Born as a piano piece, the Pavane pour une infante défunte (Pavane for a dead princess) was written in 1899 by a young Ravel (Ravel was born in 1875), still a student at the conservatory in Paris at the time.
Ravel described the piece as “an evocation of a pavane that a little princess might, in former times, have danced at the Spanish court“. The princess is a figment of his imagination and indeed, the only real princess involved was the Princess Edmond de Polignac (born Winnaretta Singer), a noted patroness of the arts, to whom Ravel dedicated the piece.
The link to the Spanish court is clearly specified in the title, with the word “infante“, a title given to the children of the kings of Spain and Portugal who were not the elders. The piece falls within the lines of that renewed passion for Spanish music shared with some of the composer’s contemporaries. Which was helped of course by some very well known Spanish composers like Albéniz and de Falla.
But the link is not just a geographical one, it’s also a temporal one: the pavane was a dance typical of the Renaissance and became extremely popular in the 16th and 17th centuries. The choice was not made by chance: Ravel’s teacher, the great composer Gabriel Fauré, had written a famous pavane for orchestra back in 1887.
Ravel orchestrated his pavane much later, in 1910 and it is to this day one of his most popular pieces. It is a relatively simple piece, especially when compared to other works by Ravel who endure the same popularity, like the Suite from Daphnis et Chloe or his Piano concerto in G.
Ravel plays Ravel: 1922 piano roll of the Pavane pour une infante défunte
In fact, Ravel in later years tried to distance himself from it. He felt that it stole too much from Chabrier, and complained that its construction showed “quite poor form,” and was “inconclusive and conventional.“
By the way, Ravel himself made a piano roll recording of it in 1922 and supervised the recording of the orchestra version of 1932.
Ravel’s Pavane pour une infante défunte: analysis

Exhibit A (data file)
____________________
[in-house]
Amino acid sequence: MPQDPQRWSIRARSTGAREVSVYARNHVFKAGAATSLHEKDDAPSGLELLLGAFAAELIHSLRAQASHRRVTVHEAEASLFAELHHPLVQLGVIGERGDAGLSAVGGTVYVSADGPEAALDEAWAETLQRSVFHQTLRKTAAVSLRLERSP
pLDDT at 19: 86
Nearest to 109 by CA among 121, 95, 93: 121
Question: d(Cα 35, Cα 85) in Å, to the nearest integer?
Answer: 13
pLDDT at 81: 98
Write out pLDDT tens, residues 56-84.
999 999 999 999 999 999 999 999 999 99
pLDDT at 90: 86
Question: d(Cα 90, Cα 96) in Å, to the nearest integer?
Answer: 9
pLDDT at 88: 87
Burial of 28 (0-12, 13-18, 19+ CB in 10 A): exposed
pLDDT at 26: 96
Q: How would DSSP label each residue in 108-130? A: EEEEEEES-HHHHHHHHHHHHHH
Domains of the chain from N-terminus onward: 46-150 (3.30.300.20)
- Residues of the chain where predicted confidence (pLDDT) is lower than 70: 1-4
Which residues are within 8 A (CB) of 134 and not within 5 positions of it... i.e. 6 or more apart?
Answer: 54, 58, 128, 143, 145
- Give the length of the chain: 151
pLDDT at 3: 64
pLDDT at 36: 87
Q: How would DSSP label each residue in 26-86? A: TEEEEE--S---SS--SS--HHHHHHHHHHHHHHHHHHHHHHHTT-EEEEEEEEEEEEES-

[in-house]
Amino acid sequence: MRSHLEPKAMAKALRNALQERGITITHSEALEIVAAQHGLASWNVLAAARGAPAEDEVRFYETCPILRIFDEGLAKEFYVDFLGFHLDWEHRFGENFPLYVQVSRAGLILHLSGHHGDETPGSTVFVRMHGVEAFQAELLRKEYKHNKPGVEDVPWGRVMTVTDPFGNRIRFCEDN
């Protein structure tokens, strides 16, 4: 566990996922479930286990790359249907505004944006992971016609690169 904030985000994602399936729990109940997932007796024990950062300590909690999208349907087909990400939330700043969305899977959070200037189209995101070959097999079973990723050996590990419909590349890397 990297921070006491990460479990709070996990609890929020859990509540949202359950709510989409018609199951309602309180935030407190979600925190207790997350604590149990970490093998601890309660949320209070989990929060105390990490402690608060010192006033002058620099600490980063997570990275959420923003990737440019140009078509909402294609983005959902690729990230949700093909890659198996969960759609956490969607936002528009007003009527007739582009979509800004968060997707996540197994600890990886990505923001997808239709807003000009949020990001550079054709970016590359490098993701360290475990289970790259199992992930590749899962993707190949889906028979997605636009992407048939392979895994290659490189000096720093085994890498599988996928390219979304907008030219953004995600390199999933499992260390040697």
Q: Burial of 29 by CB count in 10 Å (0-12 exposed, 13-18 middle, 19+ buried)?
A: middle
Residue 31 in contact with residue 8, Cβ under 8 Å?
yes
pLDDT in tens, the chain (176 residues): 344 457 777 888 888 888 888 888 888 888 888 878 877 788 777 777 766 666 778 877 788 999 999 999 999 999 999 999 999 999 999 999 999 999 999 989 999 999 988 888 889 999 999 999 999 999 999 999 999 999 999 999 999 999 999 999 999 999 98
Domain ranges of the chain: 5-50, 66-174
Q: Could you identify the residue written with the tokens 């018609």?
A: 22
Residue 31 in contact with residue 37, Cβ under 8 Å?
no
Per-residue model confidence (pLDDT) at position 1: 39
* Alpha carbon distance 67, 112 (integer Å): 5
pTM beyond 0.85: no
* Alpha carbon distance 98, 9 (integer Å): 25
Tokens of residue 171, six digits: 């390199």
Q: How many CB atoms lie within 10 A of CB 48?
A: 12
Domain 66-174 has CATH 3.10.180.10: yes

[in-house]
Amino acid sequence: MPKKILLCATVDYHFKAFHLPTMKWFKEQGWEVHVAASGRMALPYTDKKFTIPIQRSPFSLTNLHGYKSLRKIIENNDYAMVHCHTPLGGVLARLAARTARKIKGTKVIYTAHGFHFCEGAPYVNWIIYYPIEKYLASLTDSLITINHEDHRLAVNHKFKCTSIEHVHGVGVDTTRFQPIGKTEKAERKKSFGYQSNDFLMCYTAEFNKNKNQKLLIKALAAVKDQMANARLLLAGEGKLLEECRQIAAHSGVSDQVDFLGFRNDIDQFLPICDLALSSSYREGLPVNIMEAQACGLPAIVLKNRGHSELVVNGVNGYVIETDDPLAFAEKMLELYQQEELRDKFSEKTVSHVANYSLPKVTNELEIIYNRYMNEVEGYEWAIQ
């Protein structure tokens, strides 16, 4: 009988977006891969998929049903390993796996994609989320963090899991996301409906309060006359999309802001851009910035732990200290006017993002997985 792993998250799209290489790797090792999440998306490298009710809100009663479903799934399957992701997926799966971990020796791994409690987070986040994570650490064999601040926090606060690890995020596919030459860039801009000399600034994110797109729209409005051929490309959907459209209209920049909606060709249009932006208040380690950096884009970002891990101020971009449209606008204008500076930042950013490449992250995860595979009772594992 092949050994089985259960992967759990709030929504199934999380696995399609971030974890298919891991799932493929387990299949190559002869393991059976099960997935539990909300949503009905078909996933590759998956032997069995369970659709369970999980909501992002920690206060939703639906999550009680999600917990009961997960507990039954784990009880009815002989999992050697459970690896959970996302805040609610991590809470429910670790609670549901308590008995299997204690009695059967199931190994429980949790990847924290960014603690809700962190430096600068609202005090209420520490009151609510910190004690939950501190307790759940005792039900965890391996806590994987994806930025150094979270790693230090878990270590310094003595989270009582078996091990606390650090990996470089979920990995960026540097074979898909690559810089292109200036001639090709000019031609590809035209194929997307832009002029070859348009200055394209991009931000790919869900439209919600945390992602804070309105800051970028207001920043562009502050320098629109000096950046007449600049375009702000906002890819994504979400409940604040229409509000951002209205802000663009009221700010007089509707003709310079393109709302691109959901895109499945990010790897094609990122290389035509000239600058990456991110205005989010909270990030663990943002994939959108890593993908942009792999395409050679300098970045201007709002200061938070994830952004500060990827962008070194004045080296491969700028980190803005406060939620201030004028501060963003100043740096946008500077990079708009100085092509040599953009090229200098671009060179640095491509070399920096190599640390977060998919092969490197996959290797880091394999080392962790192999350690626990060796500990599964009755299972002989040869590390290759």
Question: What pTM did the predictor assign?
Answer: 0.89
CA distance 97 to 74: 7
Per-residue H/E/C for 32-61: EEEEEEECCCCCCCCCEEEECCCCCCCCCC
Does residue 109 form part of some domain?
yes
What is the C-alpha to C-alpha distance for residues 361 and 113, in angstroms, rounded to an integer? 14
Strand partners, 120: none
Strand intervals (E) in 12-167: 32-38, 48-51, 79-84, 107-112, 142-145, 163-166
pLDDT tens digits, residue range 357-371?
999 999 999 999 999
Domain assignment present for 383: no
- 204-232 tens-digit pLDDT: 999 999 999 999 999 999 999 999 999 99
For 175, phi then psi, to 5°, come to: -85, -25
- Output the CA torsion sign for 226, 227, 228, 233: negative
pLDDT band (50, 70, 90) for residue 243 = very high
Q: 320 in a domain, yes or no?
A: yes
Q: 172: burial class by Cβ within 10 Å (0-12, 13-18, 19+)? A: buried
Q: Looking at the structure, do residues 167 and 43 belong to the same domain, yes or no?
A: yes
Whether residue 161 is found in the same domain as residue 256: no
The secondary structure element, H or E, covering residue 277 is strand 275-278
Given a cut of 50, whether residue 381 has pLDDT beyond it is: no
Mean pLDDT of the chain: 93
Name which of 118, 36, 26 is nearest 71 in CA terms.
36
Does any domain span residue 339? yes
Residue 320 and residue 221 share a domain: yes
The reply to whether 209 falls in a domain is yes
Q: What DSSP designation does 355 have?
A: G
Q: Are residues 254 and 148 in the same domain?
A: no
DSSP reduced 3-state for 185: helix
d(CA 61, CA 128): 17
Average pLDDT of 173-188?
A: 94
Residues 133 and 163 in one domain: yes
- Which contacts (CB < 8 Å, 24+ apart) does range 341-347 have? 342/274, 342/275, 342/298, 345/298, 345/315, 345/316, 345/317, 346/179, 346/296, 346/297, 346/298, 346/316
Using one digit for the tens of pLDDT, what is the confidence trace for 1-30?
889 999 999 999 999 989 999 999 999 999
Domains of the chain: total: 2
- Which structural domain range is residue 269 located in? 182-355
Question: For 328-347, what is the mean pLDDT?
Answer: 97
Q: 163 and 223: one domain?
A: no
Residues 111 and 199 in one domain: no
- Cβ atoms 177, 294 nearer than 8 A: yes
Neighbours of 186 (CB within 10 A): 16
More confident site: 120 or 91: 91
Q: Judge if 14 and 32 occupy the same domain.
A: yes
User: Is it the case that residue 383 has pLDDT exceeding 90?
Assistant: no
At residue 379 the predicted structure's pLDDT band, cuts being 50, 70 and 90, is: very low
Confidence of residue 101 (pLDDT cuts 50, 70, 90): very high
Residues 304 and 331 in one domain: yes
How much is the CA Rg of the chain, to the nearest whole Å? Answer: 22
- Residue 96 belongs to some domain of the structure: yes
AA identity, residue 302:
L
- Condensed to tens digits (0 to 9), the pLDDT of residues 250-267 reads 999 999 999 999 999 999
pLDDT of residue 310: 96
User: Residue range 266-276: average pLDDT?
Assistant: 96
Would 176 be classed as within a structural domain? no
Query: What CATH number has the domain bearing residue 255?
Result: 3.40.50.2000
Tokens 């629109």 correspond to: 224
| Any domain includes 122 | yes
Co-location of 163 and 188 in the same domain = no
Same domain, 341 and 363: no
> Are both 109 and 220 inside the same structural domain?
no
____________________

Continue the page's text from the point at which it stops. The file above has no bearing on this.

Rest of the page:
The Pavane is a very soft piece: and I don’t mean just in terms of dynamics. It’s soft in asperities too (and here’s the heritage and another influence of Fauré): wherever there are dissonances they are never sharp but always round on the angles.
The structure is also very linear: A B A C A. The real sophistication comes with the orchestration of which Ravel was an absolute master.
Take a look at the beginning: the strings, always muted, accompany a solo horn, like little drops of rain on this melancholic phrase. The horn, which usually has a very warm sound, here is almost cold when compared to the warmth of the flute and strings answer at the end of the phrase.
And the harp, so beloved by Ravel and Debussy, opens the phrase for a moment.
Until horns, clarinets and bassoons put a darker shade on it and lend it over to the oboe which introduces the B section.
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You descibe it like doing the painting, like each instrument creates different color, shade and it creates mood. 🙂 ….Structure is either the dynamics or callmness? ….like the dynamics or calmness in paintings.:) I only guess…My mom used to draw, now she is experimenting by doing paintings, but static, no dynamics.Music can not be static 🙂 She doesnt seem to be satisfied in the process. Drawing seems easier..I dont know how to describe music, but only to say classic music is rarely boring, with all the possibilities. 🙂 Only our mind may be bored. 🙂 But to me ding painting is easier than classic music. You may paint some abstract “nonsese” with one color or two colors only, in short period of time, put it in gallery, as we saw on tv, and somebody will say that its artwork. 🙂 or you paint something extremelly beautiful, and somebody says its beautiful too…but I doubt that in classical music its possible. You need talent.